Evaluation and Development of Alternative Coatings to Reduce
and/or Eliminate Bridging Oxidation, 18-R8239
Inclusive Dates: 07/01/11 – 06/30/12
Background — The primary objective of this project was to
evaluate and develop alternative coatings to avoid or minimize bridging
oxidation. This project addressed bridging oxidation found in the nuclear
industry affecting boiling water reactor (BWR) safety relief valves (SRVs.)
Bridging oxidation is defined as when two mating parts, under a compressive
load, at elevated temperatures, for long periods of time, bridge together due to
an oxidation growth, requiring additional force to separate. The SRV's main
function is to release in the event of an over-pressure scenario. Failure to
open can cause a catastrophic failure.
Approach — By developing a simulated BWR environment to create bridging oxidation and by creating standardized mechanical testing procedures, one can quantify bridging oxidation to compare the materials currently used to alternative coatings that will reduce or negate the effects of bridging oxidation. The technical approach for this project was to design and develop test coupons and a mechanical test fixture that would quantify the apparent "adhesion" associated with the oxidation growth between the pilot disc and seat and then to assess the performance of different coatings and configurations in an attempt to minimize the effects of the bridging oxide in the overall performance of the SRV when in service.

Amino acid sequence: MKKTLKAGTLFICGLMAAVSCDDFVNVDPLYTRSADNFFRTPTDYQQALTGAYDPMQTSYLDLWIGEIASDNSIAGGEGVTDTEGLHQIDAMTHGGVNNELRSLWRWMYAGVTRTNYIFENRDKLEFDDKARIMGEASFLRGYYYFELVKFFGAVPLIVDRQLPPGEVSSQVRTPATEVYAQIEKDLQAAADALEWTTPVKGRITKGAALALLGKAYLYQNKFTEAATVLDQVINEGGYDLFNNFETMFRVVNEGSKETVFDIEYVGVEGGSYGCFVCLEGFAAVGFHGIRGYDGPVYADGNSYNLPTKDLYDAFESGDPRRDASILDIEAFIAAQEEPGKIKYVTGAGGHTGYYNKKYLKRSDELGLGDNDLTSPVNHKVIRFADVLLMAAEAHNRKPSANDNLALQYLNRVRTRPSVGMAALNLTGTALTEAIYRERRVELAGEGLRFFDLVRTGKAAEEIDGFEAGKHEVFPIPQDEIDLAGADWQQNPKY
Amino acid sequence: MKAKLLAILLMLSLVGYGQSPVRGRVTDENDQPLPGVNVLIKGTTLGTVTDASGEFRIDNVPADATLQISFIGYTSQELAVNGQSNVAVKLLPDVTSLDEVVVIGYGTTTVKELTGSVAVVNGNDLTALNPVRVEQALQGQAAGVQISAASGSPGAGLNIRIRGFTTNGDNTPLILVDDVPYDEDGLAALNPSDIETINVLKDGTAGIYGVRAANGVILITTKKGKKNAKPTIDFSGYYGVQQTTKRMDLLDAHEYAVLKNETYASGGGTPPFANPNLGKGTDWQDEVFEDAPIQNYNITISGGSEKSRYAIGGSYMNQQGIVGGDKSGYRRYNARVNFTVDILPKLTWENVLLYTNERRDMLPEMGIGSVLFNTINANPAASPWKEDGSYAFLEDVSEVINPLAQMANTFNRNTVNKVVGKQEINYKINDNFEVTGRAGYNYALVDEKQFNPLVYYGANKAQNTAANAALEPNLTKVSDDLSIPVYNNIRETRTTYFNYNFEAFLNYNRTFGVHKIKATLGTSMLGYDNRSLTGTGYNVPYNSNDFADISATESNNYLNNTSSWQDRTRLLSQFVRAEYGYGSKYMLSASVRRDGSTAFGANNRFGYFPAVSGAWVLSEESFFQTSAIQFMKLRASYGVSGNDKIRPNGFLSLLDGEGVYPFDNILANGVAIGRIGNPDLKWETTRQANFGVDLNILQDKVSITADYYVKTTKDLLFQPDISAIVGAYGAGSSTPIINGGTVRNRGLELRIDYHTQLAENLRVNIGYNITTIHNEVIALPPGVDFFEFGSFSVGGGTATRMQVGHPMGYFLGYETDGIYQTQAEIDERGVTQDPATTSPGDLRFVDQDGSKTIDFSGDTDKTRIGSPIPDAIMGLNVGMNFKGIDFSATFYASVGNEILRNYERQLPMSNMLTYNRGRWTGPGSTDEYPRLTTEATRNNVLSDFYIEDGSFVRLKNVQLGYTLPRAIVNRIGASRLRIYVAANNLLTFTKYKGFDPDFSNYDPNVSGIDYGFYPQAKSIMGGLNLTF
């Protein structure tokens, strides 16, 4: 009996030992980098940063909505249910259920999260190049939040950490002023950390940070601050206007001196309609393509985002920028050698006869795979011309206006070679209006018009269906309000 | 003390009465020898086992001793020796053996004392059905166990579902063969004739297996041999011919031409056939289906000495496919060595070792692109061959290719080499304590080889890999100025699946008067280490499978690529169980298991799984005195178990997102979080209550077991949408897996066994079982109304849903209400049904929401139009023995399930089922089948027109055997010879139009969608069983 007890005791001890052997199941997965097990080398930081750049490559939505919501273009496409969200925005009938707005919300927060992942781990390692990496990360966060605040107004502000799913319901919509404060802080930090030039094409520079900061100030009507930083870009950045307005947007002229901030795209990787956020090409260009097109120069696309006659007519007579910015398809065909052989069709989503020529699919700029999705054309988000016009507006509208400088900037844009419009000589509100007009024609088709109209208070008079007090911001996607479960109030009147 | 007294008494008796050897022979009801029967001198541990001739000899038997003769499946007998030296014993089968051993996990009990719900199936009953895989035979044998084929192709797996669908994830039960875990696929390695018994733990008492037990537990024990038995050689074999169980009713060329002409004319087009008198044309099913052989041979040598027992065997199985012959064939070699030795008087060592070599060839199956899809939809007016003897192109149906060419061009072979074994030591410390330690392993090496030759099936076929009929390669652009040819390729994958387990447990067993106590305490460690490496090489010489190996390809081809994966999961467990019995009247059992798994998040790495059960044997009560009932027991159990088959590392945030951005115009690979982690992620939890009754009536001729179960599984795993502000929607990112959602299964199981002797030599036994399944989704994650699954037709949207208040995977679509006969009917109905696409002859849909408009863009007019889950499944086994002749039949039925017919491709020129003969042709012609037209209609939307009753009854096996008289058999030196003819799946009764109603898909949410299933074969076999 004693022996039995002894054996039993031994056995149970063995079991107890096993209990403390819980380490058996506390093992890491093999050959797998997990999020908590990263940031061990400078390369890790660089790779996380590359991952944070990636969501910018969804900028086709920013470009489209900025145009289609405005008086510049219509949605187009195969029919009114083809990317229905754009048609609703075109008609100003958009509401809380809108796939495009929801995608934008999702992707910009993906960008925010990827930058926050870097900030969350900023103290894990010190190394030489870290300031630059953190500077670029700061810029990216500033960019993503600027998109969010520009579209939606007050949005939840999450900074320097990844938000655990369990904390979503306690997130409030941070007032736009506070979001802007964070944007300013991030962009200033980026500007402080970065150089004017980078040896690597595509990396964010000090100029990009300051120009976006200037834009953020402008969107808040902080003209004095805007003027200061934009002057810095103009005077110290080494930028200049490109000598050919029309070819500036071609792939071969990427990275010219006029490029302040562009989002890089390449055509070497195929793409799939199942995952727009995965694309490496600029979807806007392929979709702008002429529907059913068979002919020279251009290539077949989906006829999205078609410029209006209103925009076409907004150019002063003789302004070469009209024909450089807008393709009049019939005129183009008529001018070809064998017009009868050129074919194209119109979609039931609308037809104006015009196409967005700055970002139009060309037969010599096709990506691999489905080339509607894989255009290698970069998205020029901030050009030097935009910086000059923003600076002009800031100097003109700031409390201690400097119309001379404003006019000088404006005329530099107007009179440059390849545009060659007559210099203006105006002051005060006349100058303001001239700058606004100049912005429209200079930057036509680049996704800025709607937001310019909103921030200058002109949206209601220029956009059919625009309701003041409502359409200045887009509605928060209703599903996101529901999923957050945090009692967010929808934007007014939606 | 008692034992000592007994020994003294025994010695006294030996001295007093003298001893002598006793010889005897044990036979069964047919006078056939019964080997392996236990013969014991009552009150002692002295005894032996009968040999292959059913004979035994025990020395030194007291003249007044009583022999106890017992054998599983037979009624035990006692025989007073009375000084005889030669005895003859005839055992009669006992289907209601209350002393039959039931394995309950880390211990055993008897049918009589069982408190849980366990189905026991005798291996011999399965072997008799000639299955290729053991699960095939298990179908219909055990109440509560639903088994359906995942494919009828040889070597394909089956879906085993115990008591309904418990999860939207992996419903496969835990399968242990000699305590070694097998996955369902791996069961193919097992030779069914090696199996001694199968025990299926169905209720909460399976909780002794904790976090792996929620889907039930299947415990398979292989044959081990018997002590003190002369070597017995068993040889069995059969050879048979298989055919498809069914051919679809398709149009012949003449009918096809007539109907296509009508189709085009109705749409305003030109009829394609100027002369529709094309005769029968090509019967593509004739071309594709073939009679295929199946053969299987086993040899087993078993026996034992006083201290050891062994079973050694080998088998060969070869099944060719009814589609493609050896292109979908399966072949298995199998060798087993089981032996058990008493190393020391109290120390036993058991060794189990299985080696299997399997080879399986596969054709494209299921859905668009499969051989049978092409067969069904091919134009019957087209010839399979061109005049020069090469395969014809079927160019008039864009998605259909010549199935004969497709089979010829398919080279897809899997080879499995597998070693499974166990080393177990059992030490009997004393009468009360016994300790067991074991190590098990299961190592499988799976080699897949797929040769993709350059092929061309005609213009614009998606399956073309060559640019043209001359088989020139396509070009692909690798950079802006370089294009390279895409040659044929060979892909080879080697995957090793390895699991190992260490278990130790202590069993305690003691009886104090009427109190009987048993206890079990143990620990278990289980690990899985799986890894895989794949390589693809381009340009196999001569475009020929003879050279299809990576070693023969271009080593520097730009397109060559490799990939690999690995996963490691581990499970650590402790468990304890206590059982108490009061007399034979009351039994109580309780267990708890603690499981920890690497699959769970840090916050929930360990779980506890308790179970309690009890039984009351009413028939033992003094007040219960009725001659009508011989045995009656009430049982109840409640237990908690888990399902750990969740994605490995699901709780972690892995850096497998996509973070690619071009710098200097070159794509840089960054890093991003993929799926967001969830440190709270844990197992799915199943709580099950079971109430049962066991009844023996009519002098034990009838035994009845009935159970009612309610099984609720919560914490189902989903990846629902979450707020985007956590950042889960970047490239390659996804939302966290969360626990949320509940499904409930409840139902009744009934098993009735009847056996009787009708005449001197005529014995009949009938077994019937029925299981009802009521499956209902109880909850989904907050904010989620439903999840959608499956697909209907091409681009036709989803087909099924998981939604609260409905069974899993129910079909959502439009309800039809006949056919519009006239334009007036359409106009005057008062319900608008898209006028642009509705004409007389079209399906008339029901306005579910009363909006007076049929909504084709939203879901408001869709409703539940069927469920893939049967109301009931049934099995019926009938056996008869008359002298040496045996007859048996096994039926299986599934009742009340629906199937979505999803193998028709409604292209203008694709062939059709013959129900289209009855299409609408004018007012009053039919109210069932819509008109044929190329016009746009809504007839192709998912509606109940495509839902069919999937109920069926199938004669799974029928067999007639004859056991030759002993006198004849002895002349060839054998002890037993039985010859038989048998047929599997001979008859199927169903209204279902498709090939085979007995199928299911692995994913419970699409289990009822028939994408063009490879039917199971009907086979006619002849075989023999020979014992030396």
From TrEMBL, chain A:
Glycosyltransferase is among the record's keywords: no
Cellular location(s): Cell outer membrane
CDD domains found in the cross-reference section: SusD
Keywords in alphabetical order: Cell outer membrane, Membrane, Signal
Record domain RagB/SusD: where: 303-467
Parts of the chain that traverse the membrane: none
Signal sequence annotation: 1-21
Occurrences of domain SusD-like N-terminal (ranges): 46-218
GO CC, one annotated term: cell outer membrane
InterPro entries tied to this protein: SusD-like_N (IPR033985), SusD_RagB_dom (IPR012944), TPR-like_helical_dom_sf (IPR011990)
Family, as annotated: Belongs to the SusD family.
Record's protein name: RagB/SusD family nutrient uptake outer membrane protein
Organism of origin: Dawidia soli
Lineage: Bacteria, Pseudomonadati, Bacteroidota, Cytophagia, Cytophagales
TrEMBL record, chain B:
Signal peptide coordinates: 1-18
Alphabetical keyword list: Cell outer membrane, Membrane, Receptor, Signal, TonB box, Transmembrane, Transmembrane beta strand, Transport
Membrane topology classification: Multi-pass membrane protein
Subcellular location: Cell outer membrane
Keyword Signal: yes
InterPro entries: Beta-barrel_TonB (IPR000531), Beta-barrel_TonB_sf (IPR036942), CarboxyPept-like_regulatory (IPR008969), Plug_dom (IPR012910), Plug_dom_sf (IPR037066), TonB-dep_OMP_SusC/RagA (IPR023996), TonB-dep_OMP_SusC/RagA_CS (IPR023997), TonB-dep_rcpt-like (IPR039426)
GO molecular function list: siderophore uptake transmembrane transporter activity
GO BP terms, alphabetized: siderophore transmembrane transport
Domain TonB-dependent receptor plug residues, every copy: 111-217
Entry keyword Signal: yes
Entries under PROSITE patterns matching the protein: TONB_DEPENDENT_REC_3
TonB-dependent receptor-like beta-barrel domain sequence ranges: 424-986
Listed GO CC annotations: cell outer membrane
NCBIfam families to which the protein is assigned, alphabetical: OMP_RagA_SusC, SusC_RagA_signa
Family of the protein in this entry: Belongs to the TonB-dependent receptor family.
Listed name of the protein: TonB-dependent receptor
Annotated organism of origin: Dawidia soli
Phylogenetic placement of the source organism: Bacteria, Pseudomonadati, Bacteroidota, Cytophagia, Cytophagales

Accomplishments — This project met three technical challenges:
- successfully demonstrated the ability to generate bridging oxidation bonding,
- successfully measured the forces required to separate the adhesion created by the bridging oxidation bonding,
- successfully developed an alternative coating, CrSiCN, that when applied to the mating surfaces of test coupons, no bridging oxidation bonding occurred.
The CrSiCN coating is a candidate for marketing as a true oxidation-resistant coating, viable for application in the BWR nuclear environment. From a business standpoint, the ability to generate, quantify, and eliminate bridging oxidation bonding has set up the next phase of work, which is to qualify the improved process on BWR SRVs in the field. The results from this project have been presented to the Tennessee Valley Authority, a user of BWR SRVs, of which SwRI has been invited to present the results at its industry working group meeting in January 2013. In addition SwRI has submitted, and has been accepted to present the results at the annual 2013 TMS Meeting in March.